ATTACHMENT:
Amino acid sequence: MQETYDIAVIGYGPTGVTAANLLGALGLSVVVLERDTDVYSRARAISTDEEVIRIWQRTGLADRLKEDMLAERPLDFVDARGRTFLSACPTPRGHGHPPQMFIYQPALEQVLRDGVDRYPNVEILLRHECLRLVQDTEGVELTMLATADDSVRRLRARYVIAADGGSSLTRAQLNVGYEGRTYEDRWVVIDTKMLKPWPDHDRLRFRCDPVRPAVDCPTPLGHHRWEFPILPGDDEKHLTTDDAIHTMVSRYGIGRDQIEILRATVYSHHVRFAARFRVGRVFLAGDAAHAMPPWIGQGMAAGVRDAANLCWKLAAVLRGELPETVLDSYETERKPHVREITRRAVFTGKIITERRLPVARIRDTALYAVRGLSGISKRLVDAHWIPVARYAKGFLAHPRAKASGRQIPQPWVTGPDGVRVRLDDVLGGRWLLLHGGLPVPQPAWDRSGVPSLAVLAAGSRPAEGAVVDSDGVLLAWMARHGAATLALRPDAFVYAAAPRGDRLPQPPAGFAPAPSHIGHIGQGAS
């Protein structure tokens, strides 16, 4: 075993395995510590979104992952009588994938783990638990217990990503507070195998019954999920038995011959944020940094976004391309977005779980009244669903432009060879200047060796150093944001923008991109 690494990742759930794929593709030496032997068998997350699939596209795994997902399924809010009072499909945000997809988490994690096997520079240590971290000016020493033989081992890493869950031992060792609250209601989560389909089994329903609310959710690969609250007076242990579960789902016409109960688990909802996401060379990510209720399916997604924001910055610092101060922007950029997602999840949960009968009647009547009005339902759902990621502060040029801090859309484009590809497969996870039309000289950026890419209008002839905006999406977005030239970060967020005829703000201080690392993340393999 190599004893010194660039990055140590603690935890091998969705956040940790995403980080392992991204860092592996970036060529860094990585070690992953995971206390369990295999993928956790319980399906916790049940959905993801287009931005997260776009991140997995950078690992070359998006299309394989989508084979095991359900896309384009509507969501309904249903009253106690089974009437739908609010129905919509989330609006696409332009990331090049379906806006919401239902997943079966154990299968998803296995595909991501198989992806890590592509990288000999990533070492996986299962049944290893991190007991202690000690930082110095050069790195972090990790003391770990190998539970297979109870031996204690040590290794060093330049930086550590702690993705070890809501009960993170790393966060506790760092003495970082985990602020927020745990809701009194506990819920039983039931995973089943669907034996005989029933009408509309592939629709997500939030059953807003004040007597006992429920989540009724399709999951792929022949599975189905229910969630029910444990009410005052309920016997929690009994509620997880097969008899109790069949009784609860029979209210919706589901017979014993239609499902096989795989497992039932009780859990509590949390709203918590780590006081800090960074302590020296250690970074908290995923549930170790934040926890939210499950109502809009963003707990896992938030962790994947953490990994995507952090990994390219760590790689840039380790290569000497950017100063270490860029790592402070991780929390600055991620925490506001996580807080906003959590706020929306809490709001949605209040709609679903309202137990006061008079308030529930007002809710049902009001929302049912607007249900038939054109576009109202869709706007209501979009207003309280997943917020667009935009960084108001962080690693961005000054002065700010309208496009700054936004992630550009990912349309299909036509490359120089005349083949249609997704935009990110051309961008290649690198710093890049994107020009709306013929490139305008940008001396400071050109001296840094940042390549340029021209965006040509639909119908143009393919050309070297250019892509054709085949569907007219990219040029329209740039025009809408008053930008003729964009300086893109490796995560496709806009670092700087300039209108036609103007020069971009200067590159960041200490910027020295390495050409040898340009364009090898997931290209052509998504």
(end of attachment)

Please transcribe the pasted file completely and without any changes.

Amino acid sequence: MQETYDIAVIGYGPTGVTAANLLGALGLSVVVLERDTDVYSRARAISTDEEVIRIWQRTGLADRLKEDMLAERPLDFVDARGRTFLSACPTPRGHGHPPQMFIYQPALEQVLRDGVDRYPNVEILLRHECLRLVQDTEGVELTMLATADDSVRRLRARYVIAADGGSSLTRAQLNVGYEGRTYEDRWVVIDTKMLKPWPDHDRLRFRCDPVRPAVDCPTPLGHHRWEFPILPGDDEKHLTTDDAIHTMVSRYGIGRDQIEILRATVYSHHVRFAARFRVGRVFLAGDAAHAMPPWIGQGMAAGVRDAANLCWKLAAVLRGELPETVLDSYETERKPHVREITRRAVFTGKIITERRLPVARIRDTALYAVRGLSGISKRLVDAHWIPVARYAKGFLAHPRAKASGRQIPQPWVTGPDGVRVRLDDVLGGRWLLLHGGLPVPQPAWDRSGVPSLAVLAAGSRPAEGAVVDSDGVLLAWMARHGAATLALRPDAFVYAAAPRGDRLPQPPAGFAPAPSHIGHIGQGAS
């Protein structure tokens, strides 16, 4: 075993395995510590979104992952009588994938783990638990217990990503507070195998019954999920038995011959944020940094976004391309977005779980009244669903432009060879200047060796150093944001923008991109 690494990742759930794929593709030496032997068998997350699939596209795994997902399924809010009072499909945000997809988490994690096997520079240590971290000016020493033989081992890493869950031992060792609250209601989560389909089994329903609310959710690969609250007076242990579960789902016409109960688990909802996401060379990510209720399916997604924001910055610092101060922007950029997602999840949960009968009647009547009005339902759902990621502060040029801090859309484009590809497969996870039309000289950026890419209008002839905006999406977005030239970060967020005829703000201080690392993340393999 190599004893010194660039990055140590603690935890091998969705956040940790995403980080392992991204860092592996970036060529860094990585070690992953995971206390369990295999993928956790319980399906916790049940959905993801287009931005997260776009991140997995950078690992070359998006299309394989989508084979095991359900896309384009509507969501309904249903009253106690089974009437739908609010129905919509989330609006696409332009990331090049379906806006919401239902997943079966154990299968998803296995595909991501198989992806890590592509990288000999990533070492996986299962049944290893991190007991202690000690930082110095050069790195972090990790003391770990190998539970297979109870031996204690040590290794060093330049930086550590702690993705070890809501009960993170790393966060506790760092003495970082985990602020927020745990809701009194506990819920039983039931995973089943669907034996005989029933009408509309592939629709997500939030059953807003004040007597006992429920989540009724399709999951792929022949599975189905229910969630029910444990009410005052309920016997929690009994509620997880097969008899109790069949009784609860029979209210919706589901017979014993239609499902096989795989497992039932009780859990509590949390709203918590780590006081800090960074302590020296250690970074908290995923549930170790934040926890939210499950109502809009963003707990896992938030962790994947953490990994995507952090990994390219760590790689840039380790290569000497950017100063270490860029790592402070991780929390600055991620925490506001996580807080906003959590706020929306809490709001949605209040709609679903309202137990006061008079308030529930007002809710049902009001929302049912607007249900038939054109576009109202869709706007209501979009207003309280997943917020667009935009960084108001962080690693961005000054002065700010309208496009700054936004992630550009990912349309299909036509490359120089005349083949249609997704935009990110051309961008290649690198710093890049994107020009709306013929490139305008940008001396400071050109001296840094940042390549340029021209965006040509639909119908143009393919050309070297250019892509054709085949569907007219990219040029329209740039025009809408008053930008003729964009300086893109490796995560496709806009670092700087300039209108036609103007020069971009200067590159960041200490910027020295390495050409040898340009364009090898997931290209052509998504």